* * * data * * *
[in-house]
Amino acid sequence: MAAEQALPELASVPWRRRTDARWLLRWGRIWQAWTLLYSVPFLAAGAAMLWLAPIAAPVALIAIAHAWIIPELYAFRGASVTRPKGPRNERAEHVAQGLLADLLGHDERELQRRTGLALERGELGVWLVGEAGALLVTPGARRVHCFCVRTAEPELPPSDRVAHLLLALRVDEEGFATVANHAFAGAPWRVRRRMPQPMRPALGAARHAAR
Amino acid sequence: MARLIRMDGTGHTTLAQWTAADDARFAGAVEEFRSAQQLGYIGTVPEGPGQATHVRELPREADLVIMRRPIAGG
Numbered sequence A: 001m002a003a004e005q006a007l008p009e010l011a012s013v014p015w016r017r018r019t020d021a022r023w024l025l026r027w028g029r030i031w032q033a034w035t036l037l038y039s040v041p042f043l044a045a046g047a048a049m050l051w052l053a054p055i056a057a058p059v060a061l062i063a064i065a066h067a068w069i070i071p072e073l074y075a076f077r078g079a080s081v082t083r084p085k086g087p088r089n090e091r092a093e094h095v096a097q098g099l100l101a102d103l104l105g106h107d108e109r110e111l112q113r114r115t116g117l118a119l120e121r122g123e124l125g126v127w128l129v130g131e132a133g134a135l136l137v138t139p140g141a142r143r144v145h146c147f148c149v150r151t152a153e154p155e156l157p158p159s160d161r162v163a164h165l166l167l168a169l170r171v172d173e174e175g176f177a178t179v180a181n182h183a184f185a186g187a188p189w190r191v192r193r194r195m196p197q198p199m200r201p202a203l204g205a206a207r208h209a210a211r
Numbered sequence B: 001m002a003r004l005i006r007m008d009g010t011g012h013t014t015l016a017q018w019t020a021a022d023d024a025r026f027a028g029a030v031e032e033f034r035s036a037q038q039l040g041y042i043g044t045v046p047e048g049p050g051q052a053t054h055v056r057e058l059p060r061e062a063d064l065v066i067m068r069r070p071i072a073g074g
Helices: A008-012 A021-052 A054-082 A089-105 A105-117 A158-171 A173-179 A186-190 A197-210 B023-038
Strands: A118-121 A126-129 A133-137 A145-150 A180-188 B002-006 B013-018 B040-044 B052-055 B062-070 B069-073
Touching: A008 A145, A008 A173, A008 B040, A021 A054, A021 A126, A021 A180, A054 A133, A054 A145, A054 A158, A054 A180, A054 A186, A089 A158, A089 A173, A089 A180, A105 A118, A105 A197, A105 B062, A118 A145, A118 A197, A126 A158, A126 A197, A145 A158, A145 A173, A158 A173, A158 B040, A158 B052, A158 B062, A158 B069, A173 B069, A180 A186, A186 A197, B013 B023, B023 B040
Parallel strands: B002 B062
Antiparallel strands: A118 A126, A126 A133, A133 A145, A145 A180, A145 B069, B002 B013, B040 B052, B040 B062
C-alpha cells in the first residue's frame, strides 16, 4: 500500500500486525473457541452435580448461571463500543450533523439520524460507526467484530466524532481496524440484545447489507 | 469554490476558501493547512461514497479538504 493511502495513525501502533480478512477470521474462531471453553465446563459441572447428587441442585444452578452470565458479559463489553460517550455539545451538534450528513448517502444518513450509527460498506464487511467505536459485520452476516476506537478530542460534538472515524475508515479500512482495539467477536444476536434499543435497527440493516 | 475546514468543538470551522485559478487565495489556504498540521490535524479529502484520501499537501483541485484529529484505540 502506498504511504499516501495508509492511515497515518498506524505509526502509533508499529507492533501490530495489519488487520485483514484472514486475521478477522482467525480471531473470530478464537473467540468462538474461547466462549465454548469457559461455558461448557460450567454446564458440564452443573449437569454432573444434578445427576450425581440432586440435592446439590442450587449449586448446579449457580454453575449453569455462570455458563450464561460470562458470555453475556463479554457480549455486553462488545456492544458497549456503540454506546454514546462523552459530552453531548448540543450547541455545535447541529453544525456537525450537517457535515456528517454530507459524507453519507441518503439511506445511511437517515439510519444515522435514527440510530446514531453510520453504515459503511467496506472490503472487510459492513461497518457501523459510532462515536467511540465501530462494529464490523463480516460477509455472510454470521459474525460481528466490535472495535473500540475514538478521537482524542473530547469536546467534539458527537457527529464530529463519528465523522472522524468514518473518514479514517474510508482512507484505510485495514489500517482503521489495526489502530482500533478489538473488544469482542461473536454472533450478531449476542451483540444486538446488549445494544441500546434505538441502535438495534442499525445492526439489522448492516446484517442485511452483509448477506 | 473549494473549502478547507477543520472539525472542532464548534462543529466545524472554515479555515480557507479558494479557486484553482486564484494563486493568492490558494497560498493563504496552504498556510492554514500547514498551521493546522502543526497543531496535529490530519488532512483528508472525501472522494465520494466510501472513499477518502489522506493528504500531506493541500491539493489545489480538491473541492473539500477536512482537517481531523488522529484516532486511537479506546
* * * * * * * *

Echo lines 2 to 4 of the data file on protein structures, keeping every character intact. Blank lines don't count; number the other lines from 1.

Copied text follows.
Amino acid sequence: MAAEQALPELASVPWRRRTDARWLLRWGRIWQAWTLLYSVPFLAAGAAMLWLAPIAAPVALIAIAHAWIIPELYAFRGASVTRPKGPRNERAEHVAQGLLADLLGHDERELQRRTGLALERGELGVWLVGEAGALLVTPGARRVHCFCVRTAEPELPPSDRVAHLLLALRVDEEGFATVANHAFAGAPWRVRRRMPQPMRPALGAARHAAR
Amino acid sequence: MARLIRMDGTGHTTLAQWTAADDARFAGAVEEFRSAQQLGYIGTVPEGPGQATHVRELPREADLVIMRRPIAGG
Numbered sequence A: 001m002a003a004e005q006a007l008p009e010l011a012s013v014p015w016r017r018r019t020d021a022r023w024l025l026r027w028g029r030i031w032q033a034w035t036l037l038y039s040v041p042f043l044a045a046g047a048a049m050l051w052l053a054p055i056a057a058p059v060a061l062i063a064i065a066h067a068w069i070i071p072e073l074y075a076f077r078g079a080s081v082t083r084p085k086g087p088r089n090e091r092a093e094h095v096a097q098g099l100l101a102d103l104l105g106h107d108e109r110e111l112q113r114r115t116g117l118a119l120e121r122g123e124l125g126v127w128l129v130g131e132a133g134a135l136l137v138t139p140g141a142r143r144v145h146c147f148c149v150r151t152a153e154p155e156l157p158p159s160d161r162v163a164h165l166l167l168a169l170r171v172d173e174e175g176f177a178t179v180a181n182h183a184f185a186g187a188p189w190r191v192r193r194r195m196p197q198p199m200r201p202a203l204g205a206a207r208h209a210a211r